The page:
Table 2: Accuracy with and without an extended normalization for RCSLS. “Ext.” uses the full k vocabulary and “Train” only uses the pairs from the training lexicon.

Impact of extended normalization.

Table 2 reports the gain brought by including words not in the lexicon (unannotated words) to the performance of RCSLS. Extending the dictionary significantly improves the performance on all language pairs.

en-it it-en
Adversarial + refine + CSLS 45.1 38.3
Mikolov et al. (2013b) 33.8 24.9
Dinu et al. (2014) 38.5 24.6
Artetxe et al. (2016) 39.7 33.8
Smith et al. (2017) 43.1 38.0
Procrustes + CSLS 44.9 38.5
RCSLS 45.5 38.0
Table 3: Accuracy on English and Italian with the setting of Dinu et al. (2014). “Adversarial” is an unsupervised technique. The adversarial and Procrustes results are from Conneau et al. (2017). We use a CSLS criterion for retrieval.

4.3 The WaCky dataset

Dinu et al. (2014) introduce a setting where word vectors are learned on the WaCky datasets (Baroni et al., 2009) and aligned with a noisy bilingual lexicon. We select the number of epochs within on a validation set. Table 3 shows that RCSLS is on par with the state of the art. RCSLS is thus robust to relatively poor word vectors and noisy lexicons.

Original Aligned
Sem. Synt. Tot. Sem. Synt. Tot.
Cs 26.4 76.7 63.7 27.3 77.7 64.6
De 62.2 56.9 59.5 61.4 57.1 59.3
Es 54.5 59.4 56.8 55.1 61.1 57.9
Fr 76.0 54.7 68.5 75.2 55.1 68.1
It 51.8 62.0 56.9 52.7 63.8 58.2
Pl 49.7 62.4 53.4 50.9 63.2 54.5
Zh 42.6 - 42.6 47.2 - 47.2
Avg. 51.9 62.0 57.3 52.8 58.5 58.5
Table 4: Performance on word analogies for different languages. We compare the original embeddings to their mapping to English. The mappings are learned using the full MUSE bilingual lexicons. We use the fastText vectors of Bojanowski et al. (2017).
BP MUSE Proc. RCSLS
Orig. Full Orig. Full
Bg 55.7 57.5 58.1 63.9 65.2
Ca 66.5 70.9 70.5 73.8 75.0
Cs 63.9 64.5 66.3 68.2 71.1
Da 66.8 67.4 68.3 71.1 72.9
De 68.9 72.7 73.5 76.9 77.6
El 54.9 58.5 60.1 62.7 64.5
Es 82.1 83.5 84.5 86.4 87.1
Et 41.5 45.7 47.3 49.5 53.7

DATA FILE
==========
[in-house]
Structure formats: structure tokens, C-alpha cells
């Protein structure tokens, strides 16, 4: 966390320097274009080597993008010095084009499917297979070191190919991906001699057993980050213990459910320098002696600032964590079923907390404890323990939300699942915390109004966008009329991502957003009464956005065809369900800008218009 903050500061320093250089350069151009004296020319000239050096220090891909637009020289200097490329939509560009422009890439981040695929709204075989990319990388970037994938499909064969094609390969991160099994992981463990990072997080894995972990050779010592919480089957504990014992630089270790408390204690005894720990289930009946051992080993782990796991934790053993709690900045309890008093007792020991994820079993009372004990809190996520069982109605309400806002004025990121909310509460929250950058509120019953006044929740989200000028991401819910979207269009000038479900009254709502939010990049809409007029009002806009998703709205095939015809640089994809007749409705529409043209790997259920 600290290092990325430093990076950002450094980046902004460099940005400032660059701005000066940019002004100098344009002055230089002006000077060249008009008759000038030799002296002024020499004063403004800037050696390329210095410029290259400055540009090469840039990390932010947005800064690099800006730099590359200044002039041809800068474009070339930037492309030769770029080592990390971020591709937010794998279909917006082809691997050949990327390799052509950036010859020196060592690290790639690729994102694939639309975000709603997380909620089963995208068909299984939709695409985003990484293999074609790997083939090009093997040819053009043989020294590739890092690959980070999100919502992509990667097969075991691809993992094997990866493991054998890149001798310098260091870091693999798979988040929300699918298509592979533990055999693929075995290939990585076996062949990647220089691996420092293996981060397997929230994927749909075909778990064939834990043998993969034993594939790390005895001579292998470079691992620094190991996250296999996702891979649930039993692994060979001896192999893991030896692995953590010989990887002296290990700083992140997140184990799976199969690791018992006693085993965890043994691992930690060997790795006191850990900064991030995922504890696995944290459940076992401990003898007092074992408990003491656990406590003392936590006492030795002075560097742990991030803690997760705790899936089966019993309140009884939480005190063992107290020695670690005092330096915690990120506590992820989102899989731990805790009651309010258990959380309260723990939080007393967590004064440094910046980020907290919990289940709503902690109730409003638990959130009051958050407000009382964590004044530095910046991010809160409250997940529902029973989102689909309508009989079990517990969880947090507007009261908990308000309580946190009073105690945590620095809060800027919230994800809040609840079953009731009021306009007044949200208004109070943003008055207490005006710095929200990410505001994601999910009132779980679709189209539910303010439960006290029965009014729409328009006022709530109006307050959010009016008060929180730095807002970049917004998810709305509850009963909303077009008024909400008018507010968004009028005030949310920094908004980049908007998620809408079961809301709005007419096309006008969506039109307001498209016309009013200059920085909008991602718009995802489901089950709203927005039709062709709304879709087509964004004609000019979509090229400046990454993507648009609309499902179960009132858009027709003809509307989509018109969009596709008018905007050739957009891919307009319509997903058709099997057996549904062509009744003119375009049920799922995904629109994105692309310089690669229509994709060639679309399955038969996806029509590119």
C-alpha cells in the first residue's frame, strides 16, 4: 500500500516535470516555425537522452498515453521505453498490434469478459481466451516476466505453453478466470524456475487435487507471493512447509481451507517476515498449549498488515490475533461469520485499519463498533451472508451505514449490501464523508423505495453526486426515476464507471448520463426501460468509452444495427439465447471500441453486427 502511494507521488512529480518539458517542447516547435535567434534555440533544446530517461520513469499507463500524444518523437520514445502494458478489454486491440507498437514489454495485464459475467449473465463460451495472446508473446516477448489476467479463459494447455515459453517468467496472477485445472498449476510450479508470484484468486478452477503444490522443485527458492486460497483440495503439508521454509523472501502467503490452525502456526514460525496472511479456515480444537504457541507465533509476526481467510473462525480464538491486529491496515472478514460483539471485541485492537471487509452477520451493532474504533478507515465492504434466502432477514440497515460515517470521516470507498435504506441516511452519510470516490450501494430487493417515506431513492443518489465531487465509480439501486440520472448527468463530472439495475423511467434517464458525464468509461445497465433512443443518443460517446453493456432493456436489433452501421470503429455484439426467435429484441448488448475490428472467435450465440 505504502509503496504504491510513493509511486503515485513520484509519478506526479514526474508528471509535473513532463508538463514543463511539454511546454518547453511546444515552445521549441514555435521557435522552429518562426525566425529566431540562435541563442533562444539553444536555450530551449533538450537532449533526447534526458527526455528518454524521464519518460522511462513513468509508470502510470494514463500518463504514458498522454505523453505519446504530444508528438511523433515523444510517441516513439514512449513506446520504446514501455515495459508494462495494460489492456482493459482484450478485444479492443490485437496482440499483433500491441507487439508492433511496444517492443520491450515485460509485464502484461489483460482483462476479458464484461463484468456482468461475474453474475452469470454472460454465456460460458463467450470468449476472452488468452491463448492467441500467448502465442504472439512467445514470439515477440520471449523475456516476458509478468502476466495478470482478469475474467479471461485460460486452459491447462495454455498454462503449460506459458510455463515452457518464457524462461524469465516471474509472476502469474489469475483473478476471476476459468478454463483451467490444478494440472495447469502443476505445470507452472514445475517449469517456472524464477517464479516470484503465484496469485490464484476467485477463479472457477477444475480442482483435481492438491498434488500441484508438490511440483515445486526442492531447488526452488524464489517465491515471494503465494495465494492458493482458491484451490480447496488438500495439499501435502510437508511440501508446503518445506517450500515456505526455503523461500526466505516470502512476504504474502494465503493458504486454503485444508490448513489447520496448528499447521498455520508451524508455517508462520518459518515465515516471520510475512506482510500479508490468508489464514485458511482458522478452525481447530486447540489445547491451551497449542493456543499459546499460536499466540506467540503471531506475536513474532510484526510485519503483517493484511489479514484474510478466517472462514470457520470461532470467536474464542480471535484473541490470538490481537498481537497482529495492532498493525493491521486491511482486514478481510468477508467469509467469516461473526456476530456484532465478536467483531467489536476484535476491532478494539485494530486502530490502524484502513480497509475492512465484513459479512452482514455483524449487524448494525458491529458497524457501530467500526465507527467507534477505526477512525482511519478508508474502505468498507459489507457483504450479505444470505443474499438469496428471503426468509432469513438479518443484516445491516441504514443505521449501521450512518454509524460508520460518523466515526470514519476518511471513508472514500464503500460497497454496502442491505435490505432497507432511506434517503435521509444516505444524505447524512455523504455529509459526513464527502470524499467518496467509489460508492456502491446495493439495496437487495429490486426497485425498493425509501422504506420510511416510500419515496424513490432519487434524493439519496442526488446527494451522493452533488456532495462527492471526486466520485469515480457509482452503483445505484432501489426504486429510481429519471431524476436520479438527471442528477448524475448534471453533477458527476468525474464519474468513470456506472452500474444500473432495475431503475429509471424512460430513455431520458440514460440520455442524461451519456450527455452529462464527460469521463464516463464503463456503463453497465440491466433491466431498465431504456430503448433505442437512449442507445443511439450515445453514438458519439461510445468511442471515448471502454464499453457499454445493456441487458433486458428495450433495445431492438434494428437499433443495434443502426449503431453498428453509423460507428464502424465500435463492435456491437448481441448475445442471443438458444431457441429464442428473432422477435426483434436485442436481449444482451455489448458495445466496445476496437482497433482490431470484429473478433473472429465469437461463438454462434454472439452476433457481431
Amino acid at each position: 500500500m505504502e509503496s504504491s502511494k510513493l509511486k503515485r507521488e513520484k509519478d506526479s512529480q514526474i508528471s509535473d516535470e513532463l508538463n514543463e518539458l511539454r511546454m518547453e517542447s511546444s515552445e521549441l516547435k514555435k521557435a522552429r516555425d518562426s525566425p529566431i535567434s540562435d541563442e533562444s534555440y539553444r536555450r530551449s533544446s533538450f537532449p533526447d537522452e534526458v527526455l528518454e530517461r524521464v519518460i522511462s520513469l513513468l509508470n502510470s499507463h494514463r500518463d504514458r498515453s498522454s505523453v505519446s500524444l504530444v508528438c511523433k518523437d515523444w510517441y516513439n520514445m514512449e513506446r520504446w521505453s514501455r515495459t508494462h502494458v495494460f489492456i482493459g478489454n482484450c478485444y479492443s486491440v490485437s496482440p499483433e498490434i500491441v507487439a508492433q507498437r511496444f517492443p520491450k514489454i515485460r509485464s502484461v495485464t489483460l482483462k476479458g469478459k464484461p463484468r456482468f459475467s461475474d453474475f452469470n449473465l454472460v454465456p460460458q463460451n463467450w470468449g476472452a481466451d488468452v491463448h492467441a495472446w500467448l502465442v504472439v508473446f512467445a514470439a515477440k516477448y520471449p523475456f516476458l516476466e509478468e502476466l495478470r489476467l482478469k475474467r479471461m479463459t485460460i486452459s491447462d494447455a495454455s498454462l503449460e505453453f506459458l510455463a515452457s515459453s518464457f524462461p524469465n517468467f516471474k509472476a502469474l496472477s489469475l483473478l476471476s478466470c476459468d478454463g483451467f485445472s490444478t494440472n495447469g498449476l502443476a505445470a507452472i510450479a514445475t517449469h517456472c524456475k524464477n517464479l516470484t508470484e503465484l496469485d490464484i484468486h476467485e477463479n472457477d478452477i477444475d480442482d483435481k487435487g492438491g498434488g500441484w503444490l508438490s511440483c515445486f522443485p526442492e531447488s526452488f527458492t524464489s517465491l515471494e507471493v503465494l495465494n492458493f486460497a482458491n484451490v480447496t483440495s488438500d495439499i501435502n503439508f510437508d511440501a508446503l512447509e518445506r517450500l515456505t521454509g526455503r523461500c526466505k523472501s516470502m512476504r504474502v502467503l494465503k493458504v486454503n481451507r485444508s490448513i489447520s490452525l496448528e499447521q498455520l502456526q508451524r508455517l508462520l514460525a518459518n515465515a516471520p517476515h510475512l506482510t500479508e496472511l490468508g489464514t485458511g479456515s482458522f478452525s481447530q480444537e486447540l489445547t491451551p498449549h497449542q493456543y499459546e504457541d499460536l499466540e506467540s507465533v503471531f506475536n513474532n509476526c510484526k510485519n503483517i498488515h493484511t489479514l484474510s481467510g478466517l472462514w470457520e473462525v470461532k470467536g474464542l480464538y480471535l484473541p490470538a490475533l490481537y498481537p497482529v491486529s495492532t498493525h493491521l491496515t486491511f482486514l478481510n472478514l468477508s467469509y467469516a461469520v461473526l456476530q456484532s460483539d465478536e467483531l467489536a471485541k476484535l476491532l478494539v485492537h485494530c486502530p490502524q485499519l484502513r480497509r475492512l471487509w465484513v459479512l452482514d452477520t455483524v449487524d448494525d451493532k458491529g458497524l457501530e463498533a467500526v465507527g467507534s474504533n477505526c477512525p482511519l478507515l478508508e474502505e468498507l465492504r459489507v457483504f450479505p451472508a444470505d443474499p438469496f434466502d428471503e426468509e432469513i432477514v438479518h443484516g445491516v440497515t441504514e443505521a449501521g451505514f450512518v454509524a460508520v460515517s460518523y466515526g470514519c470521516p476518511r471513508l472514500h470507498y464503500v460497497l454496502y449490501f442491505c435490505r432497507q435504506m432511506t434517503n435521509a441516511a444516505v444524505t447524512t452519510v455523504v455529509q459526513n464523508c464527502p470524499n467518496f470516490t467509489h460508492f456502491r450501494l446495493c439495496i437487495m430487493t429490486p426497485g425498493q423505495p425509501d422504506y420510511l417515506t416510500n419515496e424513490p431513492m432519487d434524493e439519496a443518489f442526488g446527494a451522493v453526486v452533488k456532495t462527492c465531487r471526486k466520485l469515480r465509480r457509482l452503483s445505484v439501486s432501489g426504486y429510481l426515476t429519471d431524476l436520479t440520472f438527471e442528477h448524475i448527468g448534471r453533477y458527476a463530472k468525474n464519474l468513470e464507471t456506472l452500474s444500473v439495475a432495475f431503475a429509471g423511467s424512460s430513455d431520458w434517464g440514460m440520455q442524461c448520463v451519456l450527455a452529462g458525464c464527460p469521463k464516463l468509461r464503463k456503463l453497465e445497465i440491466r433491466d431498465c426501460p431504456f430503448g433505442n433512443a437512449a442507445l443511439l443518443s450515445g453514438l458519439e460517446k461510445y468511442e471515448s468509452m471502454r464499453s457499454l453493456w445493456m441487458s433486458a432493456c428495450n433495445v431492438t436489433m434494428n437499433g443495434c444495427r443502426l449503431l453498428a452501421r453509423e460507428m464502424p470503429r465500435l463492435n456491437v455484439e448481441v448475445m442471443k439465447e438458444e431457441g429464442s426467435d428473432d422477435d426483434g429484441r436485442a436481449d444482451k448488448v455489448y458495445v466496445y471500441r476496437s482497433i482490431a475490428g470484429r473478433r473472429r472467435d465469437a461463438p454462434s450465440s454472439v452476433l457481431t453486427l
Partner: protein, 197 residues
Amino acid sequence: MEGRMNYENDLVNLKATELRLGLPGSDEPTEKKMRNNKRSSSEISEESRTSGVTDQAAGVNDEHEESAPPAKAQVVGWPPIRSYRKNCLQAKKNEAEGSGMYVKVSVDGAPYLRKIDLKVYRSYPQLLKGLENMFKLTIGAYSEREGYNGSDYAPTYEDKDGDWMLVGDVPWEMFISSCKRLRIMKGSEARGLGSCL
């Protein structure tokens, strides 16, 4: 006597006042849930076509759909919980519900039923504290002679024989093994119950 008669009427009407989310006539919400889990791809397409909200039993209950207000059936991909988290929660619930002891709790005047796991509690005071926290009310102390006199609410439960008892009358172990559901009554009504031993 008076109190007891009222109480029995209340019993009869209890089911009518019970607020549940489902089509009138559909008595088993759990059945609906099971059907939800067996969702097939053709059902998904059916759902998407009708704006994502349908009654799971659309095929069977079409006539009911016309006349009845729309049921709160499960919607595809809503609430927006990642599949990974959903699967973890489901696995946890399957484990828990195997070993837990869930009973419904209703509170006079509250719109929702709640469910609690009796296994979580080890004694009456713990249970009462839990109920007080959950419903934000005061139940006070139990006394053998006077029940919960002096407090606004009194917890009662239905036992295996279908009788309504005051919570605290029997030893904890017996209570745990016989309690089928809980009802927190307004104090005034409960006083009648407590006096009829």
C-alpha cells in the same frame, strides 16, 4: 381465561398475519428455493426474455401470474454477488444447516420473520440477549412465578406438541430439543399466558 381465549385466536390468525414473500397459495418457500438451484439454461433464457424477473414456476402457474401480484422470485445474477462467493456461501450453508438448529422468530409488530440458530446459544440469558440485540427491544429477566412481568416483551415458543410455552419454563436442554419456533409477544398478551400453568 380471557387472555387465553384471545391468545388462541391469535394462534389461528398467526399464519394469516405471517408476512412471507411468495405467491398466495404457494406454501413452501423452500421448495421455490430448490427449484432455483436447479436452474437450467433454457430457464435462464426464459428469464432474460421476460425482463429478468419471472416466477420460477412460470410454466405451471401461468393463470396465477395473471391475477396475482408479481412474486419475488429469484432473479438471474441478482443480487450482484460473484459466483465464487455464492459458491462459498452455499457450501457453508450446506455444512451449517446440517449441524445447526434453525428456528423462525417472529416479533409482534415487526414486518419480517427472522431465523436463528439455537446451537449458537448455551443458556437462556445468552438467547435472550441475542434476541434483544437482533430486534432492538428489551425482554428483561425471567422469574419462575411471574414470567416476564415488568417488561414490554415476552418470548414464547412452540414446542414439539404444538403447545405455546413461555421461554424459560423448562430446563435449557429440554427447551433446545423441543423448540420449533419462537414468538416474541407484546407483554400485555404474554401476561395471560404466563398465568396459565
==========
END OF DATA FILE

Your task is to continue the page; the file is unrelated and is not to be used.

Fi 56.7 59.5 61.9 65.8 69.9
Fr 81.7 82.4 82.5 84.7 84.7
He 51.5 54.1 55.4 57.8 60.0
Hr 48.9 52.2 53.4 55.6 60.2
Hu 61.9 64.9 66.1 69.3 73.1
Id 62.8 67.9 67.9 69.7 72.9
It 75.3 77.9 78.5 81.5 82.8
Mk 53.9 54.6 55.4 59.9 60.4
Nl 72.0 75.3 76.1 79.7 80.5
No 65.3 67.4 68.3 71.2 73.3
Pl 63.3 66.9 68.1 70.5 73.5
Pt 77.7 80.3 80.4 82.9 84.6
Ro 66.3 68.1 67.6 74.0 73.9
Ru 61.3 63.7 64.3 67.1 70.3
Sk 55.1 55.3 57.9 59.0 61.7
Sl 51.1 50.4 52.5 54.2 58.2
Sv 55.9 60.0 64.0 63.7 69.5
Tr 57.4 59.2 61.4 61.9 65.8
Uk 48.7 49.3 51.3 51.5 55.5
Vi 35.0 55.8 63.0 55.8 66.9
CSLS 60.8 63.8 65.2 67.4 70.2
NN 54.6 57.4 57.5 62.4 68.5
Table 5: Comparison with publicly available aligned vectors over 28 languages. All use supervision. Alignements are learned either on the “Original” or “Full” MUSE training. We report the detailed performance with a CSLS criterion and the average for both NN and CSLS criteria.
BP uses a different training set of comparable size.

4.4 Comparison with existing aligned vectors

Recently, word vectors based on fastText have been aligned and released by Smith et al. (Smith et al., 2017, BabylonPartners, BP) and Conneau et al. (Conneau et al., 2017, MUSE). Both use a variation of Procrustes to align word vectors in the same space.

We compare these methods to RCSLS and report results in Table 8. RCSLS improves the performance by over MUSE vectors when trained with the same lexicon (Original). Training RSCSL on the full training lexicon (Full) brings an additional improvement of on average with a CSLS criterion, and with a NN criterion. For reference, the performance of Procrustes only improves by with CSLS and even degrades with a NN criterion. RCSLS benefits more from additional supervision than Procrustes. Finally, the gap between RCSLS and the other methods is higher with a NN criterion, suggesting that RCSLS imports some of the properties of CSLS to the dot product between aligned vectors.

Original Aligned
De Gur350 72 74
Ws350 68 70
Zg222 46 44
Es Ws353 59 61